Welcome to St John the Baptist Church in Smalley, Derbyshire.


The May meeting was our annual lunch and this was once again held at Derby Garden Centre in Little Eaton. Several members were unable to be with us, either because of illness or holidays, but eleven of us enjoyed a hearty meal, lots of chat and shared fellowship followed for some by a little retail therapy.

The next day three members attended Ripley Mothers’ Union Songs of Praise, followed by Afternoon Tea together with members from other MU Branches in the Ilkeston with Erewash Deanery. Jan and Mary chose their favourite hymns, New every morning is the love and Be still, for the presence of the Lord and were invited to say why they were special to them. Tea followed giving members time to chat with friends old and new.

Once again a most enjoyable afternoon.

The next meeting, the last until September, will be our Garden Meeting to be held at Stainsby Lodge on Tuesday 12th June at 2.00 pm, to which all are welcome. One of the things that our members do is knit squares which are sewn together to make colourful blankets which are then sent to overseas projects supported by the Mothers’ Union. By chance the Parish Pump website for this month includes the following interesting article which I thought was worth reproducing here:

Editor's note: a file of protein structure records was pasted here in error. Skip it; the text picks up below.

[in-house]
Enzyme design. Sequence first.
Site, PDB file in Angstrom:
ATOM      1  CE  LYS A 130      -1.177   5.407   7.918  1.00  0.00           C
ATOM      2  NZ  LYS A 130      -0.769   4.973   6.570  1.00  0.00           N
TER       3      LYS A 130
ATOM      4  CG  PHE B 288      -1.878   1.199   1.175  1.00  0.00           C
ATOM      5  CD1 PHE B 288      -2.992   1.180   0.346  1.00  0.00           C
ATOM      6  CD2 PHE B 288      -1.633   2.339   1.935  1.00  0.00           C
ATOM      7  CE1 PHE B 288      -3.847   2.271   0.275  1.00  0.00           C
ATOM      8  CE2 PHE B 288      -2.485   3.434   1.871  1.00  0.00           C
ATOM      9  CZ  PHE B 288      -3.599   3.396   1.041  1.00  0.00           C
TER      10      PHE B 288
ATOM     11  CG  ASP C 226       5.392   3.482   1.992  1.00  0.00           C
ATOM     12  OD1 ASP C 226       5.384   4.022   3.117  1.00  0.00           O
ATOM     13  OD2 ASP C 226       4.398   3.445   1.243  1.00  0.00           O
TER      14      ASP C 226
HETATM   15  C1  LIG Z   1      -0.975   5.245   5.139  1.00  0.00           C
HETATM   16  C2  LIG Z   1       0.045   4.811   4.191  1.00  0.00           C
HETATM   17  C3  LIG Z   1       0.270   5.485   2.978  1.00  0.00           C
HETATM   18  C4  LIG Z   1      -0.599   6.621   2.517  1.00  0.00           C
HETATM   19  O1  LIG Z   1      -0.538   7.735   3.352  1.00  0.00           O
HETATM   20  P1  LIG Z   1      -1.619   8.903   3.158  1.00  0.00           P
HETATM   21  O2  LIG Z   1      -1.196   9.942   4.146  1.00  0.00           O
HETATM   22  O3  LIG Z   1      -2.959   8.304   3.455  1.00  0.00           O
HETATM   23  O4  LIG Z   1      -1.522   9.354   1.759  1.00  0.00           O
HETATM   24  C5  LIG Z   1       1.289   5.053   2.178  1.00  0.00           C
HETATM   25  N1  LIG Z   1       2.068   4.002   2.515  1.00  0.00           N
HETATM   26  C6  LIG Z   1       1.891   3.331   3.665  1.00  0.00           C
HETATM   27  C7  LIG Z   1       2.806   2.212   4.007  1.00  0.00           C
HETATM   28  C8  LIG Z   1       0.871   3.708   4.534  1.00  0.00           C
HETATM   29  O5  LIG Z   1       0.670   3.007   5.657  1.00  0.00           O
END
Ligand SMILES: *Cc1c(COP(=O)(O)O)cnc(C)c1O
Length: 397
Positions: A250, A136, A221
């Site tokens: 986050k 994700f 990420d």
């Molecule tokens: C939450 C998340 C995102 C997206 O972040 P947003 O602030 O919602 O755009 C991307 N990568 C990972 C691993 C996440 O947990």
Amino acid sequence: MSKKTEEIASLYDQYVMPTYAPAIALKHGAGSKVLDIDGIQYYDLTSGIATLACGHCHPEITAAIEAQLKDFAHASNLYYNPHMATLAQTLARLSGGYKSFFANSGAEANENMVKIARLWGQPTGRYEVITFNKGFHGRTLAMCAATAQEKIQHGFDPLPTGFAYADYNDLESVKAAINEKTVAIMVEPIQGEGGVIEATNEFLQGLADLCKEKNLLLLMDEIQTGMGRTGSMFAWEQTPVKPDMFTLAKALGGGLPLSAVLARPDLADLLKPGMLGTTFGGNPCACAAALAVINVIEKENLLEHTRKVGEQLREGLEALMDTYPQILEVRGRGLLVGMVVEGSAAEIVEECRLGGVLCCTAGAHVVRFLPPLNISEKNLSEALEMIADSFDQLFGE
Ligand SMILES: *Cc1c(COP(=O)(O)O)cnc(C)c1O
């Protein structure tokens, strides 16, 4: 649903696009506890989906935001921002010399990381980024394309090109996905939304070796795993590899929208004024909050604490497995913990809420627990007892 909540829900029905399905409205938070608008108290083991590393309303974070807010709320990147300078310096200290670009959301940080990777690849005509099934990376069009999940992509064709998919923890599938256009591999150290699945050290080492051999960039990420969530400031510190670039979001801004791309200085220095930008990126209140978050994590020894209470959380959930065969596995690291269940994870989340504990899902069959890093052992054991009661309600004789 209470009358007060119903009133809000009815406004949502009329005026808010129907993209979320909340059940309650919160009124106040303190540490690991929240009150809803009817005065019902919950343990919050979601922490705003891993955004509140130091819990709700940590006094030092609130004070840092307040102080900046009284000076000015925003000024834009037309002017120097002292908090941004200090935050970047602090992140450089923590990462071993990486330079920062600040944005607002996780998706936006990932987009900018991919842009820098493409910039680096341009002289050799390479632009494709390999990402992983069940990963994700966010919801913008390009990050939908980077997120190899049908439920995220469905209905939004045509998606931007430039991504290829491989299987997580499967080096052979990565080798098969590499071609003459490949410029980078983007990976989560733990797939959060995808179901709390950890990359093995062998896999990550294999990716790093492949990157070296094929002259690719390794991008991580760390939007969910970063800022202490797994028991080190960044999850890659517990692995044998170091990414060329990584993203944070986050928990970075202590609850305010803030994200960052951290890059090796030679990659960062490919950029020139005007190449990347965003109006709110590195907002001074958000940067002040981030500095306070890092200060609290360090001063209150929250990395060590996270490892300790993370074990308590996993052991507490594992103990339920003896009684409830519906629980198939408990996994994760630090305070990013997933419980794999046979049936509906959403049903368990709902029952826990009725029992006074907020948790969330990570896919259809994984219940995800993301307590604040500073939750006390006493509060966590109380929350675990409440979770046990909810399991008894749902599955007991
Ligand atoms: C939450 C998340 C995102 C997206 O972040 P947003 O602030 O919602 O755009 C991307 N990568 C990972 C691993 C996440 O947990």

Knitting can be astonishingly good for you. This gentle hobby has been found to lower blood pressure, reduce depression, keep your mind alert, slow the onset of dementia, distracts from chronic pain (such as arthritis), boost well being, and reduce loneliness. A major study by the organisation Knit for Peace has found that knitting lowers the heart rate by an average of 11 beats per minute and induces ‘an enhanced state of calm.’ The repetitive movement also boosts calming serotonin, which lifts your mood and dulls any pain. Knitting also boosts the reward centres of the brain, because it allows people to feel that they can still make a contribution to society.

In Britain, where the NHS spends more than £2 billion each year on blood pressure treatments, around £300 million on antidepressants, and about £26 billion on dementia, and unknown billions on various chronic pain, perhaps more people should take up knitting. As one expert says: ‘Research has shown that there is a growing crisis in primary care. As a skilled and creative occupation, knitting has therapeutic potential. There is an enormous amount of research showing that knitting has physical and mental health benefits.